We continued along the dirt road, stopping occasionally to take a short break or fix something on one of the big bikes. Then finally we reached the half way point! We took a longer break and two of us ate some local food. I frowned at the one who didn’t eat anything. ‘You should eat something, a banana, biscuits – just something to keep your energy up’‘I’ll be ok, I’m feeling fine’. I shake my head, remembering when I use to think like that back on my first trip and getting absolutely exhausted, finding myself getting lost in the Cambodian jungle and falling off at a drop of a hat. This is going to be a fun afternoon!
Sitting on the leaders tail isnt going to make him go faster. I stopped to take this picture to hopefully gain some distance between us – it turned out that I made up the distance quite quickly and was once again on his tail.
We left the village with 90kms to Marsibit, a good size village with a few guesthouses. The large overloaded trucks were still passing us. I couldn’t seem to push the group to move a bit faster and in the afternoon heat, I could feel my bike starting to cook. Now, we had to stop every hour to let my bike cool down. I just wish we could travel just a bit faster and we shouldn’t have to do this. Then something happened, it was like a switch that someone turned on…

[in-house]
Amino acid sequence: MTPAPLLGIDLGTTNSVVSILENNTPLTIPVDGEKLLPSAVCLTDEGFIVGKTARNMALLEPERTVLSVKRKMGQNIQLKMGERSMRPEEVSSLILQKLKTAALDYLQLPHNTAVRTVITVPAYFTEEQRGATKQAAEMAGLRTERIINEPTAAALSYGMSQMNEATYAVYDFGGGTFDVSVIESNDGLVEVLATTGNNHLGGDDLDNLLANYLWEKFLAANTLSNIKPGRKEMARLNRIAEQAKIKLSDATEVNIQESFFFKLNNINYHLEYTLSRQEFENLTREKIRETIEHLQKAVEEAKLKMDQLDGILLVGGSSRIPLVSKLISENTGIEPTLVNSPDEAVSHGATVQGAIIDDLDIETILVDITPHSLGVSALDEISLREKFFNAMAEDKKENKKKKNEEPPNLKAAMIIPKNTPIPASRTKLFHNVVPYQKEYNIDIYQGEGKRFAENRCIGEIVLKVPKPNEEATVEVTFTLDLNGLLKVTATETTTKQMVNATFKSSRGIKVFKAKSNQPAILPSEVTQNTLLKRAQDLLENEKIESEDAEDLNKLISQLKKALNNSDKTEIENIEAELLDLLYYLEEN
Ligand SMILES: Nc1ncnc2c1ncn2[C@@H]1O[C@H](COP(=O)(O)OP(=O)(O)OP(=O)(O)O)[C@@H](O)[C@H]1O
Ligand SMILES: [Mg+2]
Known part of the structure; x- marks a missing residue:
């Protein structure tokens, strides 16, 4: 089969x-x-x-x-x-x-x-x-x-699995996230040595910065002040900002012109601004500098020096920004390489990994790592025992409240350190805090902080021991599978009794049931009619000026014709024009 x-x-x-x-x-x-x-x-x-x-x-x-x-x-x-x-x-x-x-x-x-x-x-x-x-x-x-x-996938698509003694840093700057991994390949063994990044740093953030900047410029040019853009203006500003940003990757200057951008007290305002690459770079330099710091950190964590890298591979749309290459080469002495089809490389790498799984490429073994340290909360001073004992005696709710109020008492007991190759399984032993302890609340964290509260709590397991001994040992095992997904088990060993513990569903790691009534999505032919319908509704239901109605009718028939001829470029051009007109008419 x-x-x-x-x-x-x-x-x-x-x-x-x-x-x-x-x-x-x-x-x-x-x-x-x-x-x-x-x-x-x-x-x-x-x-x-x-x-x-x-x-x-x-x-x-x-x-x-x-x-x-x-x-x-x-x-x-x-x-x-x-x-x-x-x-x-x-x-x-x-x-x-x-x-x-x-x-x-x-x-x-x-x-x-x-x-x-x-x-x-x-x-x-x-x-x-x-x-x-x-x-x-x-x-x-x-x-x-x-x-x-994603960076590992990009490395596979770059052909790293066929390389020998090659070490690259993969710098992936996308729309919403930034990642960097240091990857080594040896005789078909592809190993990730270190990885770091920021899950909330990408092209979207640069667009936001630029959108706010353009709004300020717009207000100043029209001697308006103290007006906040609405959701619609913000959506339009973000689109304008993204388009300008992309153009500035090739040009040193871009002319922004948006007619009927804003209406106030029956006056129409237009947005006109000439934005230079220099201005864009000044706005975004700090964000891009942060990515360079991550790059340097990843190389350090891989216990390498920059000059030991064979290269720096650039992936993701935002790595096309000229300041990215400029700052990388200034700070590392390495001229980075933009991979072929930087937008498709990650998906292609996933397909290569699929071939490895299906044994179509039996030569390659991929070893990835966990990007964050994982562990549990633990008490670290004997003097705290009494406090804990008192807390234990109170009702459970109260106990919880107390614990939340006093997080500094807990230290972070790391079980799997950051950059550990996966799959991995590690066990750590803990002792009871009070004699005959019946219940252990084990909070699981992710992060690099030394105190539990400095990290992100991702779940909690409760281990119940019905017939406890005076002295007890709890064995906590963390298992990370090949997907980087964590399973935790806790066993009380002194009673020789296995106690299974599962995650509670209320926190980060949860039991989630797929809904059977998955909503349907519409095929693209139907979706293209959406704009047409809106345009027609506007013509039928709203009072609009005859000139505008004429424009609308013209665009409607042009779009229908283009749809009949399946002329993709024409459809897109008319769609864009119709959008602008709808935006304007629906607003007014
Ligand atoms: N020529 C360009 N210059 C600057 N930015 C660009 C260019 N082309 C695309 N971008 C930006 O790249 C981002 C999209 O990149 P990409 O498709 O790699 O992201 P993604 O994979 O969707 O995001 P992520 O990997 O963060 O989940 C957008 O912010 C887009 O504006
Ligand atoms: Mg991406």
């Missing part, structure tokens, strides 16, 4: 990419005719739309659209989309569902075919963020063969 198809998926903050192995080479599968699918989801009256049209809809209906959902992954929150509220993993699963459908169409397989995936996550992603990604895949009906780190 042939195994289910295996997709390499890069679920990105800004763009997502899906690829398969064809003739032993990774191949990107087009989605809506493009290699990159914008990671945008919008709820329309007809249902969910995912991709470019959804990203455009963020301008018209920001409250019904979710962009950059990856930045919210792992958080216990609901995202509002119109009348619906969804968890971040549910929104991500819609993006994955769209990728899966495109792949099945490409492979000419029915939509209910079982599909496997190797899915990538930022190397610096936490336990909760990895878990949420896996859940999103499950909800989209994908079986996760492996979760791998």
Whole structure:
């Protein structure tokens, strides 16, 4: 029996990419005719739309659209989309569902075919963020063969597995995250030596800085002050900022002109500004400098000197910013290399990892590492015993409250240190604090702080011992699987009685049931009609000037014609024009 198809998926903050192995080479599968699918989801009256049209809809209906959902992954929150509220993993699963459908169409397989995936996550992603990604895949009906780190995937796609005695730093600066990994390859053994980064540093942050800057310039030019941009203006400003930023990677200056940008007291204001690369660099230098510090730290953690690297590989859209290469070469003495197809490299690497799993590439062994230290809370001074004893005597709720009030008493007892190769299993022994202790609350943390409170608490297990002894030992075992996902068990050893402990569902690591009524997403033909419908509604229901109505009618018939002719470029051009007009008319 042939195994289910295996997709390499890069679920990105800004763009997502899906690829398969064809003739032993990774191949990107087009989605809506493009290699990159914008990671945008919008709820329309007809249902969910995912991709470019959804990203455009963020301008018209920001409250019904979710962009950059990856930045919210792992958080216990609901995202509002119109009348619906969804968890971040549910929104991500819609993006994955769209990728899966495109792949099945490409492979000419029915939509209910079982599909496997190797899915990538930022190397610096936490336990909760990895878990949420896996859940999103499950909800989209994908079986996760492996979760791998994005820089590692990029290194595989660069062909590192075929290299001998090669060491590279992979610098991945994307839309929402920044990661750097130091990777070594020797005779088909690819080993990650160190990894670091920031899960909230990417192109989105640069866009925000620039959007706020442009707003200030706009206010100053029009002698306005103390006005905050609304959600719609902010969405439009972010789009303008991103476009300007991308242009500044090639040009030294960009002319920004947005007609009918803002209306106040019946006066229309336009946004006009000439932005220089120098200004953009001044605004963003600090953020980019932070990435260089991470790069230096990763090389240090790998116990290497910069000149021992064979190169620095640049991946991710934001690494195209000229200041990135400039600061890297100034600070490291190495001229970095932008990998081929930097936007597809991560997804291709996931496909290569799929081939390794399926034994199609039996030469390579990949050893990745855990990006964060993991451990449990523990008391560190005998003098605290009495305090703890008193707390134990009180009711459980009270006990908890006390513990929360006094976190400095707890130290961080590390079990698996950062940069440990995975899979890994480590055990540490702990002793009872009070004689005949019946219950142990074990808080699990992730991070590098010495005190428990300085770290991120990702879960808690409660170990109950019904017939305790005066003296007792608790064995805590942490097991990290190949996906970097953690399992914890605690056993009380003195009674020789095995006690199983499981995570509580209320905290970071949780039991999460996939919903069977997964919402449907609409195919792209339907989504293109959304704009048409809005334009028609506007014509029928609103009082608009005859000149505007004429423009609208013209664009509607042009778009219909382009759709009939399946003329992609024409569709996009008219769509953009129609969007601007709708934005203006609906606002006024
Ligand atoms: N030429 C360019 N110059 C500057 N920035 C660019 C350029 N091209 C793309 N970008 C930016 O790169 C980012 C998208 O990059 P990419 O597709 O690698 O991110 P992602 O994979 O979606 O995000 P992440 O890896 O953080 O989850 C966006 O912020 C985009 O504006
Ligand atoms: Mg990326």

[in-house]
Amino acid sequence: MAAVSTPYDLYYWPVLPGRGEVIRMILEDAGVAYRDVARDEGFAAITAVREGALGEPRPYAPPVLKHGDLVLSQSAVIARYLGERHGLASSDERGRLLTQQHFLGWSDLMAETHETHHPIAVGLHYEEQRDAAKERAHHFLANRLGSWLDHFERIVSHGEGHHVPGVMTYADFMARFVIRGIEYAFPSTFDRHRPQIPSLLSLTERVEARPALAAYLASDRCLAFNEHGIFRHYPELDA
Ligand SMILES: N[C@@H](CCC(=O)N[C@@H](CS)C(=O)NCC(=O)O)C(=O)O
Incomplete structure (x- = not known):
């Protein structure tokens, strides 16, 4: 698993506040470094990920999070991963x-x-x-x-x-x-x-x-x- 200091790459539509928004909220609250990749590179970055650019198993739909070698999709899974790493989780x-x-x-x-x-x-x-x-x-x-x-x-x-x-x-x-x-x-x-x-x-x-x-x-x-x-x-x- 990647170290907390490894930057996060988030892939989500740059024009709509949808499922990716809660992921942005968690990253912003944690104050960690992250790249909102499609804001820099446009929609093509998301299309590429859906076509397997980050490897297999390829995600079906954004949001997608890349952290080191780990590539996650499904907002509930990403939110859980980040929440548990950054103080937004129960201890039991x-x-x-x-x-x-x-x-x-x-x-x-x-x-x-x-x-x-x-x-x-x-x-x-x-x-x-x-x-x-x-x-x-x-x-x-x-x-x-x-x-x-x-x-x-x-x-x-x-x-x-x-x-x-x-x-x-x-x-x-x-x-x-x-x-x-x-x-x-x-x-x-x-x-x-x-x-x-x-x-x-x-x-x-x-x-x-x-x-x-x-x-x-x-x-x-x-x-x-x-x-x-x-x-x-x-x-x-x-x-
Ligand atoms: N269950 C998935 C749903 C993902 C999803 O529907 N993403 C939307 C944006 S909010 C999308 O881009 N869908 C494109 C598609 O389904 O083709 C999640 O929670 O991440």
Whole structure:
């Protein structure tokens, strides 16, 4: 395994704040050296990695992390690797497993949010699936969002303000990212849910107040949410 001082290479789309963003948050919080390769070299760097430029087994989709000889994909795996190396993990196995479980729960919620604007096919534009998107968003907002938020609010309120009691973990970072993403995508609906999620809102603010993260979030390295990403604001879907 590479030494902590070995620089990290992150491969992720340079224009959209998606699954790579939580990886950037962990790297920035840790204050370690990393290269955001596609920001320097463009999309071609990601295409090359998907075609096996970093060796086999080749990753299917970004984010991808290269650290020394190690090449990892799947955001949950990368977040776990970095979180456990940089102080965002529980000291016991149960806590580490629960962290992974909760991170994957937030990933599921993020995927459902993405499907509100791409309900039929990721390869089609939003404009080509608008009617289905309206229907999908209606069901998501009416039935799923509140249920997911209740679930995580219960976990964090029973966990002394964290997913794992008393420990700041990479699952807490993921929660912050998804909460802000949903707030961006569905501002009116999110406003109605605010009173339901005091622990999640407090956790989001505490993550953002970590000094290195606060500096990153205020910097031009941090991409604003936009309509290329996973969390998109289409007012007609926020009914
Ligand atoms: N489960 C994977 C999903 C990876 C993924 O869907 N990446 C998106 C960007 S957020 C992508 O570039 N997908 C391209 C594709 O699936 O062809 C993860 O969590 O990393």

I had the front guy falling off his bike in front of me, I looked in the rear mirror to make sure I wasn’t about to be crashed into if I stopped, to find the guy behind me is falling off. With the guys swearing about the shitty road, we lift the bikes back upright and carry on. But a few meters on another one hits the ground and then again! This was becoming ridiculous! Then they gave up. Sitting in the dirt, under our bikes for some sort of shade, they refused to move an inch more.Looking up the road I could see a flat area off to one side of the road with a couple of guys working in the fields with a truck. I suggested we drive 5kms down there and ask if they can take the bikes to Marsibit. They refused. No, we will stay until a truck passes. Taking a walk around I couldn’t find even a slightly cleared spot to set up the tents if we ended up camping the night. One guy suggested we could light a fire to keep the hyenas away – I shake my head again and said we will have a serious situation then, the whole desert would be on fire with this super dry grass and this strong wind.
After two hours of sitting and waiting, a truck finally arrives. I sat back and let the guy negotiate the price for the bikes to be loaded on. I refused to go on the back of a truck but they refused to let me travel on my own. With my arm twisted, I got my bike loaded onto the truck first, it was a good thing I did because, when the second bike went on, I could hear things breaking. When the third bike got loaded, everyone could hear metal breaking along with the plastic windscreen. I winced, wondering how my bike is going to hold up to this over the next 60kms. We arrived into Marsibit at midnight. The bikes got unloaded, I didn’t even bother to look at the damage in the dark, I pitched my tent and let the guys (for once) arrange food and some beer before hitting the sack. Tomorrow, I said to the guys, I’m taking a day off. I need to sort out my bike and just relax a bit. They agreed we all needed a day off and a good sleep in.